Illustrations don’t start out looking beautiful!

I’m a huge fan of illustrators who show their work! I am continually inspired by artists and illustrators who put it all out there for us to see, beautiful or not! I think I love seeing this sort of thing because it makes me feel more legitimate as an artist myself.

I did not go to school for art, illustration or design, and this makes me feel like I have no business calling myself an artist. I feel like I shouldn’t show my work, just in case my “form” is improper or something. I worry about this so much, that I couldn’t bring myself to ask a clerk at a local art supplier what type of paintbrush I should use to work with watercolour pencils! I felt terribly embarrassed to disclose any part of my process, just in case my technique was wrong. I hated feeling like that, and I’ve decided that I’m not going to feel like that anymore.

So here’s a rough sketch that I’m working on for a “client” (hehe! It’s for my husband, but it’s fun to call him a client).

Scan 7

This is the initial stage of my process for a new illustration. I’ve recently started just “winging it” in terms of the initial sketch, but only when the subject is something I’m familiar with (such as a horse and a human). I worry about refining the sketch after I have a rough sketch.

Lots of us feel “illegitimate”!

I recently picked up a book by Jessica Hische called “In Progress“. As I looked at many of the rough sketches in her book, I found myself tearing up. I felt somehow “connected” to Jessica Hische because I could see that she has to work out her ideas just as I do (as I’m sure many artists do). I should also state that it’s not like I thought that she just walked into her studio, batted her eyelashes at her monitor and gorgeous lettering magically appeared. I do realize that professionals have to work at their craft the same as the rest of us, but seeing those rough sketches somehow made my own process feel more “legitimate”.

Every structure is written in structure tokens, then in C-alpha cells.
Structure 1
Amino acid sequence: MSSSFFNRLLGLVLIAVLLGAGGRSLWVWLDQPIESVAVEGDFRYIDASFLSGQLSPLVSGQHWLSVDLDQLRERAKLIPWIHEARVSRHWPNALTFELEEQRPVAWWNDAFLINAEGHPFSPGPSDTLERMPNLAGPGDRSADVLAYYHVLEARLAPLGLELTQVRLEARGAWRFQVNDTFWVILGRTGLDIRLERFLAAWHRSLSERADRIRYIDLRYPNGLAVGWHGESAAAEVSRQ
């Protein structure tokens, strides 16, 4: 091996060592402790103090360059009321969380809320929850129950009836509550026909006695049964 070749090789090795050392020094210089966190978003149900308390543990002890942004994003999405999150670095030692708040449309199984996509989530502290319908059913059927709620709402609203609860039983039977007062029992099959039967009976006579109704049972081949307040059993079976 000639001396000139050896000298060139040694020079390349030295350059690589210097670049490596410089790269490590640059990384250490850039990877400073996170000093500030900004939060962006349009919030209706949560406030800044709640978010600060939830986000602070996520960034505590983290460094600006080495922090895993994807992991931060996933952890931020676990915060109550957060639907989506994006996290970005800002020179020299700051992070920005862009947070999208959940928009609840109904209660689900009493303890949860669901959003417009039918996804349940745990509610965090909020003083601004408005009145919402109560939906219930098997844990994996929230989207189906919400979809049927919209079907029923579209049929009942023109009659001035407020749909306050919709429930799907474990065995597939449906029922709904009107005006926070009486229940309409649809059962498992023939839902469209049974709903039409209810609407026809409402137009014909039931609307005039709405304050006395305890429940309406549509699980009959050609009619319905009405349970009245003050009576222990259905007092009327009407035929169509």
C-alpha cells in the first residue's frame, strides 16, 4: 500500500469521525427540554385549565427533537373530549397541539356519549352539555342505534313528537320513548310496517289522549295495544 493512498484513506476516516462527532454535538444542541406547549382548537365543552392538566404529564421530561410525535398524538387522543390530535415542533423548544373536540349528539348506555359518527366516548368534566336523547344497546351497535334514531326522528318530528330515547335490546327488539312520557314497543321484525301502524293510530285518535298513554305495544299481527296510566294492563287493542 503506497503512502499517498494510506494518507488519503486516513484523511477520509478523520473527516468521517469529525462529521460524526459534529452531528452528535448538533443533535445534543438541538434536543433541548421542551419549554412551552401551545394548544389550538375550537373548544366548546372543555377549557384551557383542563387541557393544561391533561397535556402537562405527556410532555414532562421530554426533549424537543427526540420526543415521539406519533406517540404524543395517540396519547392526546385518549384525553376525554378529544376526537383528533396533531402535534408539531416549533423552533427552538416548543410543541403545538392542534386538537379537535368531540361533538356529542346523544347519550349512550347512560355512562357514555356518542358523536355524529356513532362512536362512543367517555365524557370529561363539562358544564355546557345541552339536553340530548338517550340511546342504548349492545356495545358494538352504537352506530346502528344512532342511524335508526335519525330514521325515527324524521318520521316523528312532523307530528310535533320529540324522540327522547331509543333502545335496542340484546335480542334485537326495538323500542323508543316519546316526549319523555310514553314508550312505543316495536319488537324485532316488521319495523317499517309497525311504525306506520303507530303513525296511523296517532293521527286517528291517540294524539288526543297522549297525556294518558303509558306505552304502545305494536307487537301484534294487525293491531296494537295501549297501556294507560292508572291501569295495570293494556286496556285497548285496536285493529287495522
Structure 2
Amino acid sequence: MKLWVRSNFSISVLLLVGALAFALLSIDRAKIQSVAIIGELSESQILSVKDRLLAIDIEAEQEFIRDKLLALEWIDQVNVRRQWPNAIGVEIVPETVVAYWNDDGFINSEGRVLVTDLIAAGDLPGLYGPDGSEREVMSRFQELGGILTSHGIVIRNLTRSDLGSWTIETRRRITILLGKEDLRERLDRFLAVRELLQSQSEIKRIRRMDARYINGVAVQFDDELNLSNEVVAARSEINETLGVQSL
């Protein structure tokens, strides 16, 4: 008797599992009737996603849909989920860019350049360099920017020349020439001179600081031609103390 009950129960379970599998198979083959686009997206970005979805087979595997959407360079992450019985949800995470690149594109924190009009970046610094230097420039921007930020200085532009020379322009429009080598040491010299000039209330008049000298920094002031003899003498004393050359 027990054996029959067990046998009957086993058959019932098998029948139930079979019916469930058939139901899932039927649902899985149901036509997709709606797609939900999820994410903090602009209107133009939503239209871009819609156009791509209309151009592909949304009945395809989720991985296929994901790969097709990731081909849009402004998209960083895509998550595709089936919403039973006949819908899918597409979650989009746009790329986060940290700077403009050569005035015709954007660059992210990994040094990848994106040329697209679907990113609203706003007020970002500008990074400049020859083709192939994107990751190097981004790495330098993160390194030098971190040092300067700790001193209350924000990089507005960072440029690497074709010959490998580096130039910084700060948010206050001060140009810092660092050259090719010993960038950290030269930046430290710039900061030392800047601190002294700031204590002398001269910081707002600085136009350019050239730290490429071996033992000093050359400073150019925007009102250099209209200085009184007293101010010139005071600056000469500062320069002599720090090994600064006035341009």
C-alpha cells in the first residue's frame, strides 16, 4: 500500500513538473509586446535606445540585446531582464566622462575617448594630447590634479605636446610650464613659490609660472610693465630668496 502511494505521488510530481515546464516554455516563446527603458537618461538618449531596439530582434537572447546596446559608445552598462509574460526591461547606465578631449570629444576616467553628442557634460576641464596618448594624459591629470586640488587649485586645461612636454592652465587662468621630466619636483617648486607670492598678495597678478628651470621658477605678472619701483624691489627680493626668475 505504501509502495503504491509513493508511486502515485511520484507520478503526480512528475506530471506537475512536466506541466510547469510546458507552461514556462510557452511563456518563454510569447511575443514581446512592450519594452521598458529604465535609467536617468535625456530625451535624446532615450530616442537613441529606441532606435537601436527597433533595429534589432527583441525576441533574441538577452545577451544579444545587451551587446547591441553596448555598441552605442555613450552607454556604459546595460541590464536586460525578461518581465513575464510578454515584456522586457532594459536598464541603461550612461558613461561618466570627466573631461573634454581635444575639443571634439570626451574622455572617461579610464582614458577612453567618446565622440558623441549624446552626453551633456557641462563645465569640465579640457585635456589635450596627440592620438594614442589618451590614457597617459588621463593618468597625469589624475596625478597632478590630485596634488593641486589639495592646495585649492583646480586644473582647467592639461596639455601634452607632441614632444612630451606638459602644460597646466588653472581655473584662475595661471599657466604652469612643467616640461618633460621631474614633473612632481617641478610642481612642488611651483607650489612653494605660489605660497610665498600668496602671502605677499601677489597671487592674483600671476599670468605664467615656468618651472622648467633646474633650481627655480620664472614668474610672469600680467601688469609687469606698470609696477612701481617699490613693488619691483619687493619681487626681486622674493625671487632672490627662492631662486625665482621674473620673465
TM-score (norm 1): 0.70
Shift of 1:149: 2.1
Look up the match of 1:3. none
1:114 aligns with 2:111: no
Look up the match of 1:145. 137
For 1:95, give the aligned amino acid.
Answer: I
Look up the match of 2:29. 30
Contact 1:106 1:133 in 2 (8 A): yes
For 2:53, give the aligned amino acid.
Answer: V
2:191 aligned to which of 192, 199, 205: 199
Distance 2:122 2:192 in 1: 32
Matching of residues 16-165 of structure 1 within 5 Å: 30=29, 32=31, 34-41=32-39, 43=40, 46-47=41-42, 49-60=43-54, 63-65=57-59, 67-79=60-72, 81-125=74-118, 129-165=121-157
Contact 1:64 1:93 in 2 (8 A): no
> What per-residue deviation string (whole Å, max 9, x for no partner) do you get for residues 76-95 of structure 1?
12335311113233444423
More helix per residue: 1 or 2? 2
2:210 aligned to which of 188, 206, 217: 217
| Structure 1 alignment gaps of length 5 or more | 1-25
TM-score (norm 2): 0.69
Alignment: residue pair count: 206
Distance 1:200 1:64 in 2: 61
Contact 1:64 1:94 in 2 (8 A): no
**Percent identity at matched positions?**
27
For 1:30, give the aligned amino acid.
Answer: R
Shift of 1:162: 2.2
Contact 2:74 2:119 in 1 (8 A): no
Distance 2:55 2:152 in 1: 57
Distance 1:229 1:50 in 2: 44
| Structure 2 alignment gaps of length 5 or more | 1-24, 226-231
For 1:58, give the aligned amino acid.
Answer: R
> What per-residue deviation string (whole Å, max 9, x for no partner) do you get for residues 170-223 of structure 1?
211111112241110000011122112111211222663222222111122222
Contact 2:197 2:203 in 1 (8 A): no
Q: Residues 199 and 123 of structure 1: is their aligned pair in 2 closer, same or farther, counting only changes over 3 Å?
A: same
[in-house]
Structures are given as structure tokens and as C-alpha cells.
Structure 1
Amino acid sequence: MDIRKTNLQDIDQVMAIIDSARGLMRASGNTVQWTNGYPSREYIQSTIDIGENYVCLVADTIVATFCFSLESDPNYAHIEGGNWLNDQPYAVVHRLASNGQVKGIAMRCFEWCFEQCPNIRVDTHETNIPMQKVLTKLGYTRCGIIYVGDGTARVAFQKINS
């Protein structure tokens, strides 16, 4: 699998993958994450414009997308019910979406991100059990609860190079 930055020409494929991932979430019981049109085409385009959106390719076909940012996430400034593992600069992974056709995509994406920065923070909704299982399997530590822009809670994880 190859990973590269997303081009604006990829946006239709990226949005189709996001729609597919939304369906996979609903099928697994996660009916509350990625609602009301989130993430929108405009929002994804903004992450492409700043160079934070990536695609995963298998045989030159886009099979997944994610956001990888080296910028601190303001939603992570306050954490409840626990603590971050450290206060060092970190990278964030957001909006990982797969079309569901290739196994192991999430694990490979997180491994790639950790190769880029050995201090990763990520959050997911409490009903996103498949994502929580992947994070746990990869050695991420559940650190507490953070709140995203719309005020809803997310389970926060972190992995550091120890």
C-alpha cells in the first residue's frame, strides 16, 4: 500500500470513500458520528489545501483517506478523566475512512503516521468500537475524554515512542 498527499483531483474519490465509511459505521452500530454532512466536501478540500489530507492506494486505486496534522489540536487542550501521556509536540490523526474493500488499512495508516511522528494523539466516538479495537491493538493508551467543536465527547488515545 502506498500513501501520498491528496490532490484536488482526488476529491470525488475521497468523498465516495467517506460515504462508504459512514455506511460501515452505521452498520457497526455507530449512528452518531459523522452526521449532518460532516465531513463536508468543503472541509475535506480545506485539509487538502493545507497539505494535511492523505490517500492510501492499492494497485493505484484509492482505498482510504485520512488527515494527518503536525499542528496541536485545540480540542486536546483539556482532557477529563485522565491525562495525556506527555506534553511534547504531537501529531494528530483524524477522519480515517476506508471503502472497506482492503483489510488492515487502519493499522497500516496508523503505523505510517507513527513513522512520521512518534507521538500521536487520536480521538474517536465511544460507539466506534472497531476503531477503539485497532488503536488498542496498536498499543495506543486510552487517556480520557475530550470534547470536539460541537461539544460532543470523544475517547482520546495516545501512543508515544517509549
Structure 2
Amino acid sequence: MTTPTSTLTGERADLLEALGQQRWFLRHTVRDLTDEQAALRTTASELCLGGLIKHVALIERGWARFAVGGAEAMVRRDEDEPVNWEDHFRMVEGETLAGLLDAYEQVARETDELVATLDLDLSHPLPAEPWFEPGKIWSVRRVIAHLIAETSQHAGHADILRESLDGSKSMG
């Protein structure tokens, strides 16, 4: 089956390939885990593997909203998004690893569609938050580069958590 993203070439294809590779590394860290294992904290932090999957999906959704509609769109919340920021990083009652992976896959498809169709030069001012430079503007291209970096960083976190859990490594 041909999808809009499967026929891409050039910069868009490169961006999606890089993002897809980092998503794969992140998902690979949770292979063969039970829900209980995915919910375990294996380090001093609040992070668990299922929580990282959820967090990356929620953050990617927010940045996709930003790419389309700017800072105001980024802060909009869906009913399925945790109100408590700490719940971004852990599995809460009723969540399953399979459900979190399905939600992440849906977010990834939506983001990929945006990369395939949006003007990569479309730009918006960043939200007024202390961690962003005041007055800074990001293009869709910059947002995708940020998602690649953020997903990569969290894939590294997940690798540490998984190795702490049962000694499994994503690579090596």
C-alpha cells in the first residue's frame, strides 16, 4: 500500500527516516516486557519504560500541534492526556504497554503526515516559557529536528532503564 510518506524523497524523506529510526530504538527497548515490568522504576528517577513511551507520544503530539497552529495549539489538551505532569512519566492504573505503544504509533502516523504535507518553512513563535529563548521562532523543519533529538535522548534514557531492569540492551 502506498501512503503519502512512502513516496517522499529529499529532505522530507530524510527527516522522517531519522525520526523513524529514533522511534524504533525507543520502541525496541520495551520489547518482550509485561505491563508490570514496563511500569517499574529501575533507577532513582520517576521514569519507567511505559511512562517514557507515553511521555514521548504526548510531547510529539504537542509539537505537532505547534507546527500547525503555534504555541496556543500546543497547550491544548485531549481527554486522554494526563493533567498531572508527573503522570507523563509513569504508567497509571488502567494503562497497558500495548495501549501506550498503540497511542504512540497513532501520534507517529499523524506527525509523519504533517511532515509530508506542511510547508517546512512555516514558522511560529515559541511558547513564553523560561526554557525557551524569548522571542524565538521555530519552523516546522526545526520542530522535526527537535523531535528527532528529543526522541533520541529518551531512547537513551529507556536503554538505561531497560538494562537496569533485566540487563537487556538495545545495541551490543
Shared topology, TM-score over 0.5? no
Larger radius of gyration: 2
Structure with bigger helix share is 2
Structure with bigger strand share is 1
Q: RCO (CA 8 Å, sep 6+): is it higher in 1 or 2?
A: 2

Then two weeks ago I had the good fortune of getting to speak to illustrator Alanna Cavanagh after a talk that she gave in Toronto. During her talk Alanna Cavanagh showed examples of her early work. She also discussed how, like myself, she didn’t go to school for art. After her talk I asked her if she felt that this was a disadvantage for illustrators today she told me, “Oh no! Don’t let that stop you.” What great advice! 😀

To further boost my sense of legitimacy as an artist, yesterday I came across a post by Lisa Congdon (one of my other all-time, favourite artists!) in which she discusses her same struggle with feeling “legitimate”. Apparently many artists feel this way! It doesn’t seem to matter if the artist has studied art, or even if they’ve been a working artist for some time. We constantly question our legitimacy, which is something we need to stop doing.

We are artists!

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